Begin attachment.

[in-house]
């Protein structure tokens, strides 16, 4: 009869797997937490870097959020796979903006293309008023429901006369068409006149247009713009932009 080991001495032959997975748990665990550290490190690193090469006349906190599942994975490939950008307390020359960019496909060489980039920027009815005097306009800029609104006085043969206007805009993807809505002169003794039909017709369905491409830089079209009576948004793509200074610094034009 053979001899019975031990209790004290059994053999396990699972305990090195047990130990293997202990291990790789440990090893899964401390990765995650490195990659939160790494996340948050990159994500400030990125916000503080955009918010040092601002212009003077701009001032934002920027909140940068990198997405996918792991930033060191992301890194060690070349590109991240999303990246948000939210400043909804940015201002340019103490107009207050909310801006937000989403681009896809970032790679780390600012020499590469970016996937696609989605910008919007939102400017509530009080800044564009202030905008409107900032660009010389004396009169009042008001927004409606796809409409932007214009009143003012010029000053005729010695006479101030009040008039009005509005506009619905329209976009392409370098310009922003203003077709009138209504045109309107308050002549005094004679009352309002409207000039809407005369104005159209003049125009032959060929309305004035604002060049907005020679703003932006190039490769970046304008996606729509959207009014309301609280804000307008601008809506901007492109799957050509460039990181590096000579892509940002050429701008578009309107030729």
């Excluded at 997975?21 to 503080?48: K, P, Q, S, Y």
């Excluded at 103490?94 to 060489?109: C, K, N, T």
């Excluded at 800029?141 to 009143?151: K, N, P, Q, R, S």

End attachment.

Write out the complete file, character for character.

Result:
[in-house]
């Protein structure tokens, strides 16, 4: 009869797997937490870097959020796979903006293309008023429901006369068409006149247009713009932009 080991001495032959997975748990665990550290490190690193090469006349906190599942994975490939950008307390020359960019496909060489980039920027009815005097306009800029609104006085043969206007805009993807809505002169003794039909017709369905491409830089079209009576948004793509200074610094034009 053979001899019975031990209790004290059994053999396990699972305990090195047990130990293997202990291990790789440990090893899964401390990765995650490195990659939160790494996340948050990159994500400030990125916000503080955009918010040092601002212009003077701009001032934002920027909140940068990198997405996918792991930033060191992301890194060690070349590109991240999303990246948000939210400043909804940015201002340019103490107009207050909310801006937000989403681009896809970032790679780390600012020499590469970016996937696609989605910008919007939102400017509530009080800044564009202030905008409107900032660009010389004396009169009042008001927004409606796809409409932007214009009143003012010029000053005729010695006479101030009040008039009005509005506009619905329209976009392409370098310009922003203003077709009138209504045109309107308050002549005094004679009352309002409207000039809407005369104005159209003049125009032959060929309305004035604002060049907005020679703003932006190039490769970046304008996606729509959207009014309301609280804000307008601008809506901007492109799957050509460039990181590096000579892509940002050429701008578009309107030729």
């Excluded at 997975?21 to 503080?48: K, P, Q, S, Y």
């Excluded at 103490?94 to 060489?109: C, K, N, T």
């Excluded at 800029?141 to 009143?151: K, N, P, Q, R, S």